Squaring the Circle

Squaring the Circle

Neil Carstairs tells us about his latest cartoon which won one of Australia’s “Ten Best on Eight” awards.

I finished Nightmare in November 1981, just in time for the U.K. competition season. I was thinking about changing from 2 pin to ACME registration because parts of Nightmare, particularly in the bedroom scene, were unsteady. This feeling was confirmed when one of the judges in the Scottish 8, a professional animator, made the same comment, so I bought a Filmcraft 80 rostrum, adapted to take 12 field cels. After a couple of months getting used to the rostrum, and catching up with all the other things which got left while I finished Nightmare, I started looking around for ideas for my next film.


I felt that Nightmare owed a lot to Gilbert & Sullivan and so I decided to start from a blank sheet of paper as I had with Elixir. Ever since school I had experimented with geometrical designs. One of these had formed the butterfly in Elixir and I used two others, a deer made from circles and a flower made from straight lines, to give me somewhere to start from. My original idea was to get an “artist” to paint a series of these designs in the search for public recognition. I got as far as producing the backgrounds and the painting of the deer before deciding that it would be too difficult to put across the complex ideas and emotions. Instead I chose to use two artists, one a circle and the other a square. The circle could only draw circles and the square could only draw straight lines, so I decided the two families of designs could come to life and made the escalating conflict between them give a theme to the film.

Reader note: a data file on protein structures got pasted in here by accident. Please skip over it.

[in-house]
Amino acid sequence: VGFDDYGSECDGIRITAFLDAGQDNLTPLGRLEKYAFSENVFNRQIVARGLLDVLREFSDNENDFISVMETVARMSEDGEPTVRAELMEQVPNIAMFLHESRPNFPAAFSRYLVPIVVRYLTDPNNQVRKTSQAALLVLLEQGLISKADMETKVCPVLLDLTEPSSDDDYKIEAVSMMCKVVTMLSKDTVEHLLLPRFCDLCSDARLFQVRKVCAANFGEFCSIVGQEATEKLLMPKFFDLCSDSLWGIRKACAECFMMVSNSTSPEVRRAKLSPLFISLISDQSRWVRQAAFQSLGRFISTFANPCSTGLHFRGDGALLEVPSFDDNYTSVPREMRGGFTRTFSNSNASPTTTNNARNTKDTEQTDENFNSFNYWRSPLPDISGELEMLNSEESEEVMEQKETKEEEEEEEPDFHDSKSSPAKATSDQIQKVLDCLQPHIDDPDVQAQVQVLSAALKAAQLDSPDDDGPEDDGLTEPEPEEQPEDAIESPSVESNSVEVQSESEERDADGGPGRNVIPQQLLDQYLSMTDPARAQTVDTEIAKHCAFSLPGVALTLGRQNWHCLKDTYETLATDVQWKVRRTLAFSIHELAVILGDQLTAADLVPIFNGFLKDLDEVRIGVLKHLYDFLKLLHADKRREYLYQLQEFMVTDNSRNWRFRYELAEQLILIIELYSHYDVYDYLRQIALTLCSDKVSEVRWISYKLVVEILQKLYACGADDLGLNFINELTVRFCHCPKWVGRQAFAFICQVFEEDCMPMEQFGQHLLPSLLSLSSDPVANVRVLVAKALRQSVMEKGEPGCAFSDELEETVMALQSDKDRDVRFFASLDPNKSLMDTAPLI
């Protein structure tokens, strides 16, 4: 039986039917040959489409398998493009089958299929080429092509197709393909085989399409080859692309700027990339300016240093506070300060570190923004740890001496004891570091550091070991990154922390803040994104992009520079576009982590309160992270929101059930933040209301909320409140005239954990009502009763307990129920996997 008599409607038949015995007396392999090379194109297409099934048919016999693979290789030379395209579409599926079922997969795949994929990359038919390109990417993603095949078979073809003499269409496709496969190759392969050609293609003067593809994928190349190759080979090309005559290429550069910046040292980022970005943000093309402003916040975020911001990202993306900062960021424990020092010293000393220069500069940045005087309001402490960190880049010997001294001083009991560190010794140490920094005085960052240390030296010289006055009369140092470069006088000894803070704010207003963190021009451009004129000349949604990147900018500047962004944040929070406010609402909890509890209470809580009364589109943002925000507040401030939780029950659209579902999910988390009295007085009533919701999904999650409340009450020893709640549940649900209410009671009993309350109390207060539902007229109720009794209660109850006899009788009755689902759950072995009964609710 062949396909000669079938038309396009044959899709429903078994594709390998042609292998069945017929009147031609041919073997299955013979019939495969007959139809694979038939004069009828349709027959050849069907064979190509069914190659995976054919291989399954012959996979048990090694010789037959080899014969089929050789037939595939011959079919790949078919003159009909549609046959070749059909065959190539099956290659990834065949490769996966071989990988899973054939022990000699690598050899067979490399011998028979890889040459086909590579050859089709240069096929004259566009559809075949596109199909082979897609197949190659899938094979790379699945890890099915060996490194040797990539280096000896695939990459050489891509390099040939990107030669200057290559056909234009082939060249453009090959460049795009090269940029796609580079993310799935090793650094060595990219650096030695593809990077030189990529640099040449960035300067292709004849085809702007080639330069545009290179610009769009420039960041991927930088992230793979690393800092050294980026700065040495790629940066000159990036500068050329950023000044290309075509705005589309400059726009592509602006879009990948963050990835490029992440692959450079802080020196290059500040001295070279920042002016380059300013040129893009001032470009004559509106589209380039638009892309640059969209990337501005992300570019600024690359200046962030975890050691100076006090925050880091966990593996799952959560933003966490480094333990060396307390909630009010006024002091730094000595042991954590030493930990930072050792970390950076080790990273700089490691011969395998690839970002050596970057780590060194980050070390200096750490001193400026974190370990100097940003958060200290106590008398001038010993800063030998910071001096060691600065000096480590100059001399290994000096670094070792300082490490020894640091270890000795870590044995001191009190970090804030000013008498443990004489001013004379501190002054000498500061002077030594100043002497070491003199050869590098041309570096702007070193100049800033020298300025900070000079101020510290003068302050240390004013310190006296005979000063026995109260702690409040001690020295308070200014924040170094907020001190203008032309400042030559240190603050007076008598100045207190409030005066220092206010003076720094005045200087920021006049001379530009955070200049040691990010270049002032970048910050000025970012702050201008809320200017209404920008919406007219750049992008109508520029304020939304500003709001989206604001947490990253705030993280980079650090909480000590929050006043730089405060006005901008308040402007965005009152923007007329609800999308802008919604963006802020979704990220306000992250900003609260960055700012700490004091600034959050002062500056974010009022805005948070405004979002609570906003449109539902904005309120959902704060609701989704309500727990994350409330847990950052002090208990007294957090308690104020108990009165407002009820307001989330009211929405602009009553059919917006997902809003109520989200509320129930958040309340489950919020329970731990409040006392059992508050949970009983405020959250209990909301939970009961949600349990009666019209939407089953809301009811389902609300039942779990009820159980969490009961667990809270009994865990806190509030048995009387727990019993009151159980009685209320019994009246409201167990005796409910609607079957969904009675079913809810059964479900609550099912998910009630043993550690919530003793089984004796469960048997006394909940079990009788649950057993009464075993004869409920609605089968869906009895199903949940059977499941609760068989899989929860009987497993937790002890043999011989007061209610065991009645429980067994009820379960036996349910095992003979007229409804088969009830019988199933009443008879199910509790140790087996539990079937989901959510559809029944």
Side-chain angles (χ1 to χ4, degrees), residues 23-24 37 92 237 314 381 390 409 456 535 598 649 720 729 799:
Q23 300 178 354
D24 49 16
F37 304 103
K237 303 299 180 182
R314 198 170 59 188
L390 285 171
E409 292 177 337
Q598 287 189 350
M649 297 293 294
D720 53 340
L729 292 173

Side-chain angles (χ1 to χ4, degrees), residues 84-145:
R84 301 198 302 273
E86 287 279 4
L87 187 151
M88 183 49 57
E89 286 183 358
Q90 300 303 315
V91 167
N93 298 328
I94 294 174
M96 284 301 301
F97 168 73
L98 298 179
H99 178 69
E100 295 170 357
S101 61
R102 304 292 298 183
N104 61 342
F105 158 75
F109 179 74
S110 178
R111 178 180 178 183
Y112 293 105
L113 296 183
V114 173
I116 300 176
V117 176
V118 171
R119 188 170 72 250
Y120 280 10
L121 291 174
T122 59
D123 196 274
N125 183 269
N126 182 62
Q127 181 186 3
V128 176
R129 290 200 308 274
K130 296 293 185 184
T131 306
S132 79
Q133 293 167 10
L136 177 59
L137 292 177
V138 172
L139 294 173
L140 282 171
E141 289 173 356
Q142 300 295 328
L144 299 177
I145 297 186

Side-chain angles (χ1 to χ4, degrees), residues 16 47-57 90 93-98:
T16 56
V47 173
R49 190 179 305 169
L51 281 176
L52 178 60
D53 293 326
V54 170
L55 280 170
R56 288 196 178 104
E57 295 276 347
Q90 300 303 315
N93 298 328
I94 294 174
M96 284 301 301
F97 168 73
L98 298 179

By this time it was spring and I knew that in August I would be moved from the office in Edinburgh to the far North West coast of Scotland for at least a year to help supervise the construction of a bridge. I knew there would not be much else to do up there, so I decided to concentrate on getting the story and characters sorted out before I went and to leave the repetitive drawing, tracing and painting till later. This also meant that I could try ideas out on my parents, and get my father, who did several of the initial designs for Nightmare, to help produce further characters. To make it easier for the audience to accept the paintings coining to life I abandoned the original complex background and produced an unobtrusive geometric pattern, rather like the one used at the start of Nightmare.


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